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Estimated tax buoyancy for FY22 neither conservative nor unduly optimistic: Ajay Bhushan Pandey

Speaking at The Indian Express Idea Exchange programme, the finance secretary said the revised estimates of revenue and expenditure for the current fiscal were realistic.

By: ENS Economic Bureau | New Delhi |
February 13, 2021 2:31:00 am
Ajay Bhushan Pandey

Amid the perception that the various schemes for resolution of tax disputes run in recent years have yielded only moderate results in reducing the load of tax litigation, Finance Secretary Ajay Bhushan Pandey said on Friday that the new system of faceless assessment and appeal would “strike at the root of the problem” and help bring down disputes substantially.

Speaking at The Indian Express Idea Exchange programme, he said the revised estimates of revenue and expenditure for the current fiscal were realistic. If gross direct tax collections was down 6.7 per cent on-year by January, the gap would be much narrower by the end of the year, as the slump was partly due to liberal refunds of around Rs 1.91 lakh crore. He also said that tax buoyancy of 1.16 estimated for FY22 was neither conservative or unduly optimistic (buoyancy has been in the negative territory in FY20 and FY21).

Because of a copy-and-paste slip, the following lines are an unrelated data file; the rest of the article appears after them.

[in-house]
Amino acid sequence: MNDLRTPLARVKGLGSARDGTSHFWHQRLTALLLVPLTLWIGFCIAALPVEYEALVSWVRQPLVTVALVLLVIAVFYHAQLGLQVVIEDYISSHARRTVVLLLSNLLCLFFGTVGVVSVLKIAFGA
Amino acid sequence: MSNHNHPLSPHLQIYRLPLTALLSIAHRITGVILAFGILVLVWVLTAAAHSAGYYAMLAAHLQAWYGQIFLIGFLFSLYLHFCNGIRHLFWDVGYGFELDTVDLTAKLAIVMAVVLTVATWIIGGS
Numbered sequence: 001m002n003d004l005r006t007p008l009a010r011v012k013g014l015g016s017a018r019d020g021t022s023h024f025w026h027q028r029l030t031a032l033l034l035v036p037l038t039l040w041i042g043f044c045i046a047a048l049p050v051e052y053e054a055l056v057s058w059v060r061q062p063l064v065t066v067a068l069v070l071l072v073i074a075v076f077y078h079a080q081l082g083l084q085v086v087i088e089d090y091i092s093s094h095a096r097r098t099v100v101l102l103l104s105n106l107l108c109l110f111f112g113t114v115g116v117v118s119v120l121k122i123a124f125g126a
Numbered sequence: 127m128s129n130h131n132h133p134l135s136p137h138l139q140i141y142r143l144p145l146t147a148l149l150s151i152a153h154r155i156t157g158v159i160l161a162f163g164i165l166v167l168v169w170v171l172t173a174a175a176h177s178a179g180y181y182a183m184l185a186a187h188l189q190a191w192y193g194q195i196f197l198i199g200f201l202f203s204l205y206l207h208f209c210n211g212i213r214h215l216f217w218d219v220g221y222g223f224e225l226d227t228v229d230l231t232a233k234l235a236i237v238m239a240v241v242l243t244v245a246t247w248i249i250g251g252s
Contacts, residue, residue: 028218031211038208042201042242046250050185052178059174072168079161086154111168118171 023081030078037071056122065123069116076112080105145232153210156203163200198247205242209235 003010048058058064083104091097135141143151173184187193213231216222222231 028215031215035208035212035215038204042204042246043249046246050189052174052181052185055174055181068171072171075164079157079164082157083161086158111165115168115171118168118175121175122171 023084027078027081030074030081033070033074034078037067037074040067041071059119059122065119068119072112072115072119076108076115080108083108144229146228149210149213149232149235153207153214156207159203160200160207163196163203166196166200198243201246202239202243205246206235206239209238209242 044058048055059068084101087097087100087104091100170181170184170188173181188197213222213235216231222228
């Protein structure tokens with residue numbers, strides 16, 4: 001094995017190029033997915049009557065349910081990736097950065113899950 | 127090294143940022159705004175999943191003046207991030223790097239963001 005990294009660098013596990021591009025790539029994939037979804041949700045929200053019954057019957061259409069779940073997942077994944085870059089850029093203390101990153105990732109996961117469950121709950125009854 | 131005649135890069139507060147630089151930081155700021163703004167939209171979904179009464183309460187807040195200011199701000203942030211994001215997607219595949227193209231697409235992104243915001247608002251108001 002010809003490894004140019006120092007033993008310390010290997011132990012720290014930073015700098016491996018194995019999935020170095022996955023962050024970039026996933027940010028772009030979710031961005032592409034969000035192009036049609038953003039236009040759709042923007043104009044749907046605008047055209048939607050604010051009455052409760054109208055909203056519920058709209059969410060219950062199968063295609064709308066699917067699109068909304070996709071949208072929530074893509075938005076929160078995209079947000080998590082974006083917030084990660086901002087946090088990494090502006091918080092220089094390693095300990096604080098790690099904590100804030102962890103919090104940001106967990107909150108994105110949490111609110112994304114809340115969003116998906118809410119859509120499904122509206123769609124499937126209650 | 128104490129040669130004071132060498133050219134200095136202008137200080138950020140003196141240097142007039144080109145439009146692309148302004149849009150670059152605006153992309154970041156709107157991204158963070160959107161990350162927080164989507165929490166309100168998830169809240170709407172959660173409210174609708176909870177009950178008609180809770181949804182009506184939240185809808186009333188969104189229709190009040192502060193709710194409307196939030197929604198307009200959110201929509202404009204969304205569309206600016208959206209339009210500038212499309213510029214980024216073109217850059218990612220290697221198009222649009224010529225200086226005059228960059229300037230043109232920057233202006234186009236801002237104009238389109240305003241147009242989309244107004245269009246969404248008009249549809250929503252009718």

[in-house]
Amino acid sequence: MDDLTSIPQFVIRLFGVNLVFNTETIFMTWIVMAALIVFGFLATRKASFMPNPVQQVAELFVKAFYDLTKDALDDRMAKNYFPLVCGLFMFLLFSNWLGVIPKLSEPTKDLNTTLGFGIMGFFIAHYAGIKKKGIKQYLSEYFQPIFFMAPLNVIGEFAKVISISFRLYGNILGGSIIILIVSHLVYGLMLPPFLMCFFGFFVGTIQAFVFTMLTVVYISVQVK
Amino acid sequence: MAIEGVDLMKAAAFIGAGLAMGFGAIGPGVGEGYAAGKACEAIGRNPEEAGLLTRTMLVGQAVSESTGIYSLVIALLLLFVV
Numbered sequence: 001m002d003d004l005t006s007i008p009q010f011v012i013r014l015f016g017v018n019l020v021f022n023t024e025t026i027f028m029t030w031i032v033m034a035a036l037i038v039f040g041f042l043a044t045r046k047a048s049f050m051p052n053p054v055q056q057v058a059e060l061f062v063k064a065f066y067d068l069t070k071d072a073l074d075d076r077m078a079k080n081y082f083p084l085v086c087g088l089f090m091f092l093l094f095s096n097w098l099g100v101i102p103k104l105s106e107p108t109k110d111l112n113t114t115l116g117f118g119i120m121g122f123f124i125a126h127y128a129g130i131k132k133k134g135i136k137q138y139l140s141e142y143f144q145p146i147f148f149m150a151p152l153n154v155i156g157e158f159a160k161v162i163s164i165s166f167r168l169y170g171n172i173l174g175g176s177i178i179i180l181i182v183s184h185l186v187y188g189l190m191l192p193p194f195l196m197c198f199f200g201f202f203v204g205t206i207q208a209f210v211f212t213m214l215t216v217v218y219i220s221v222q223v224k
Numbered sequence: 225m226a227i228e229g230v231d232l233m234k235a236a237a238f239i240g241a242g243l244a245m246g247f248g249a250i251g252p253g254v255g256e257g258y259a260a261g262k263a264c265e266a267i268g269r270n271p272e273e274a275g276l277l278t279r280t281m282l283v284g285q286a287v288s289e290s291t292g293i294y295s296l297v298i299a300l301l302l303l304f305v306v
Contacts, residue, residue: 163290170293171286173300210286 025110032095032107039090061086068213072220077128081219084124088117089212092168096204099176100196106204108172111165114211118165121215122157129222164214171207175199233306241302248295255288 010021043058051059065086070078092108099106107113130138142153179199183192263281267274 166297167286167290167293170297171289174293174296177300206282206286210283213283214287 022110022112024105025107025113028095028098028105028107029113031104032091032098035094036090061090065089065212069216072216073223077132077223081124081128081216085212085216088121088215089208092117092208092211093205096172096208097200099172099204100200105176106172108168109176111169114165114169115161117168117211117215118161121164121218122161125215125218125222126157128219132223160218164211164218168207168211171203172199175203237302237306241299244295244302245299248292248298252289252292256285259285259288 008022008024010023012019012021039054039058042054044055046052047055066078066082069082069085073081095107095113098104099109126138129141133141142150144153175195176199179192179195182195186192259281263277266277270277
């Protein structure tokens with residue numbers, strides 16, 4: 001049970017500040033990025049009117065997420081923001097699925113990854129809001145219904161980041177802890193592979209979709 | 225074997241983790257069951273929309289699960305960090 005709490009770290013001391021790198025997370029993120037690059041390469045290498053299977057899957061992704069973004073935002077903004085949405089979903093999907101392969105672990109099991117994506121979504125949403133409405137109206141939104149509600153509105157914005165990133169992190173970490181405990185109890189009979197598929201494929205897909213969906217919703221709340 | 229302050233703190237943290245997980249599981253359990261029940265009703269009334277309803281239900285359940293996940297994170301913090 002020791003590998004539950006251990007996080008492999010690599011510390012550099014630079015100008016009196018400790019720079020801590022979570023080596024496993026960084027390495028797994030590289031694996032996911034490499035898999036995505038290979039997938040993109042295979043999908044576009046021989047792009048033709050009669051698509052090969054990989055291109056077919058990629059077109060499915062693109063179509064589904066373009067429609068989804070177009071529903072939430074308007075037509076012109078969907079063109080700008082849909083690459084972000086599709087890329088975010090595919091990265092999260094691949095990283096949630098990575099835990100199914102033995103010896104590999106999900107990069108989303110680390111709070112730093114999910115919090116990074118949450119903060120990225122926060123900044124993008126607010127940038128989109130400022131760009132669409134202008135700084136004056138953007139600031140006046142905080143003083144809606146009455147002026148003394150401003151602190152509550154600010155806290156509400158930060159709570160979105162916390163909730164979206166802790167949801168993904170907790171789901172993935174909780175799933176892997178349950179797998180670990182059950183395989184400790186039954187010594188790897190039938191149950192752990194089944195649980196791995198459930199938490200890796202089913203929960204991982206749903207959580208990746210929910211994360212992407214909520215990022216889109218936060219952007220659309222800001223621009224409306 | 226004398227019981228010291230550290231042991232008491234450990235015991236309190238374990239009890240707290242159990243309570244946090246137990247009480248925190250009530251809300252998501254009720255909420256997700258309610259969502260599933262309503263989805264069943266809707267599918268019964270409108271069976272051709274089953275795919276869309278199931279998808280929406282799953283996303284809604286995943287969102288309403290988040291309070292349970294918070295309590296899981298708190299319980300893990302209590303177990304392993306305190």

While data shows the tax disputes continue to rise and the number of high-pitched assessment orders hasn’t come down, Pandey said that since the launch of faceless random assessment last August, over 50,000 disputes have been settled. In these cases, additional tax demands were ‘large’ only in around 4,000, or 8 per cent, of the cases, as against 60 per cent in the earlier system that involved personal interface and resultant element of subjectivity, he noted.

The recent Budget extended the new system to the appeals before the income tax appellate tribunals. As per official data, the amount involved in tax disputes was over Rs 11 lakh crore in FY19-end, up 23 per cent over a year-ago; the Centre’s gross tax receipts in FY19 was Rs 20.8 lakh crore.

As many as 1.25 lakh cases, a quarter of all direct disputes, have opted for Vivad se Vishwas scheme, enabling settlement of Rs 97,000 crore in tax demands, the government has recently stated.

Pandey added India’s equalisation levy or the so-called ‘Google tax’ that has been questioned by the US, was in sync with principles on which an OECD (Organisation for Economic Co-operation and Development) framework was being worked out. He indicated a rollback of this impost was unlikely anytime soon. FE

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